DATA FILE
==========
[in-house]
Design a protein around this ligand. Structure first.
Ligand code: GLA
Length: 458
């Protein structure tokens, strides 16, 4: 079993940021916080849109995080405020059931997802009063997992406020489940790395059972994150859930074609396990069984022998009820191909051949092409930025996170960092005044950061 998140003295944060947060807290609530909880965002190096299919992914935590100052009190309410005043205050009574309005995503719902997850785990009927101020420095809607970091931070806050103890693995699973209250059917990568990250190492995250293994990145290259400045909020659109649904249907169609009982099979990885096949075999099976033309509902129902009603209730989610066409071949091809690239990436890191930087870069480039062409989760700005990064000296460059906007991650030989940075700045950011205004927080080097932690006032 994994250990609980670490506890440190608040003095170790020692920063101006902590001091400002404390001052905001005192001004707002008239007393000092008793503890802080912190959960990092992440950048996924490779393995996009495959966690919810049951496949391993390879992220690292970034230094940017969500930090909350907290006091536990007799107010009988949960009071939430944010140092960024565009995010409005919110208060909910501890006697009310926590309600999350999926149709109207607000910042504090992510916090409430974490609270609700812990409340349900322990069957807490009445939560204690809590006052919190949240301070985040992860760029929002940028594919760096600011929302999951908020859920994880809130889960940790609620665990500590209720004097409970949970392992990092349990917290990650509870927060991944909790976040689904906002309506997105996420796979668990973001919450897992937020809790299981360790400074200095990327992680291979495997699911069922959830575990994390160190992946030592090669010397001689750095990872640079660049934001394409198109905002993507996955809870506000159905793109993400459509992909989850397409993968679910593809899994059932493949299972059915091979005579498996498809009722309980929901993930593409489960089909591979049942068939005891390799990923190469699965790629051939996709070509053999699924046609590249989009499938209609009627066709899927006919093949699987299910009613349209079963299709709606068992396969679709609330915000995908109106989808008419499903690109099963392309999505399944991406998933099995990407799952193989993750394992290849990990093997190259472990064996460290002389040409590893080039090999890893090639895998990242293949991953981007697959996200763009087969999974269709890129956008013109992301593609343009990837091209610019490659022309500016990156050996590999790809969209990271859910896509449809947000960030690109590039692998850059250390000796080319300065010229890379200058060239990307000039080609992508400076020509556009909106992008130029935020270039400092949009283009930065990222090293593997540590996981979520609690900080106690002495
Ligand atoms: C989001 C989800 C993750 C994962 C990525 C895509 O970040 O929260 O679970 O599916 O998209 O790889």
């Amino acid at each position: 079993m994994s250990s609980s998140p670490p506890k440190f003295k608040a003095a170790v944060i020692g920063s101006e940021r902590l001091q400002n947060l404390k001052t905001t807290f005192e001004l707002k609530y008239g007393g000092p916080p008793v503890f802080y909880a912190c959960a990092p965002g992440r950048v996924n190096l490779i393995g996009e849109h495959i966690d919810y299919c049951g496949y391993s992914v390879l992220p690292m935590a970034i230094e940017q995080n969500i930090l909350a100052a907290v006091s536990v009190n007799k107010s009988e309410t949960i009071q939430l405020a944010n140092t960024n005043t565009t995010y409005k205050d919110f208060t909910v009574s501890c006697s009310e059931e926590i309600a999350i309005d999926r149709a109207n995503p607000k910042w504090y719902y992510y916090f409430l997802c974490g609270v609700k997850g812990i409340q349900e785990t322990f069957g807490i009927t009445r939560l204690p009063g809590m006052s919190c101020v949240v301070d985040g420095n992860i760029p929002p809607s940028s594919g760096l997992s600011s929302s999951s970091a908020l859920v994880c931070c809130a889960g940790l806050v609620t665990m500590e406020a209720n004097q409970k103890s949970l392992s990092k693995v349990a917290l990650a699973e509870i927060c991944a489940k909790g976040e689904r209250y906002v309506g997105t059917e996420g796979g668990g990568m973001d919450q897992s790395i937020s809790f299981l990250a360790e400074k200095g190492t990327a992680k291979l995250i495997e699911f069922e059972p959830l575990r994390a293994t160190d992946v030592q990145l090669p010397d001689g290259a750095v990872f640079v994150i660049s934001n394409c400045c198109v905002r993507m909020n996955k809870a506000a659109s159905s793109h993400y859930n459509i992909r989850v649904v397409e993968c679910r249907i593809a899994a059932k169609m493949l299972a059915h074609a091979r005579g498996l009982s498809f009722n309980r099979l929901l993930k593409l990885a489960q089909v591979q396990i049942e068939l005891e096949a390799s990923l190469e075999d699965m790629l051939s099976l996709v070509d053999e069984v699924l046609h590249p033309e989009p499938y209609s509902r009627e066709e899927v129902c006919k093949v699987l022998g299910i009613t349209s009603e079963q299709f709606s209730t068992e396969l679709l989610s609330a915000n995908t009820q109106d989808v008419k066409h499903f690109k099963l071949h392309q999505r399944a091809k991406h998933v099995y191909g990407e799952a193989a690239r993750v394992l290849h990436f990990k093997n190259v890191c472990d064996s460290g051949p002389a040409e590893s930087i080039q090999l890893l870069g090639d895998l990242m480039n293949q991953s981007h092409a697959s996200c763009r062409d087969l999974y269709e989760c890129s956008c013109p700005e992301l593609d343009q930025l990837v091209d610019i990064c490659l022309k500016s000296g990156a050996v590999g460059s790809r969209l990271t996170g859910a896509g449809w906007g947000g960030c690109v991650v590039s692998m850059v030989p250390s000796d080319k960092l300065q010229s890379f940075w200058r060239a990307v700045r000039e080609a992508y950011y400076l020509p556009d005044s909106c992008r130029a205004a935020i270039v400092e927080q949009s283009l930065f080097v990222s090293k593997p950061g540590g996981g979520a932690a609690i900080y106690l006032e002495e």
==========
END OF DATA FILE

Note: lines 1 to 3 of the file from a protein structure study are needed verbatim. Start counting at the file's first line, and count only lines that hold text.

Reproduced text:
[in-house]
Design a protein around this ligand. Structure first.
Ligand code: GLA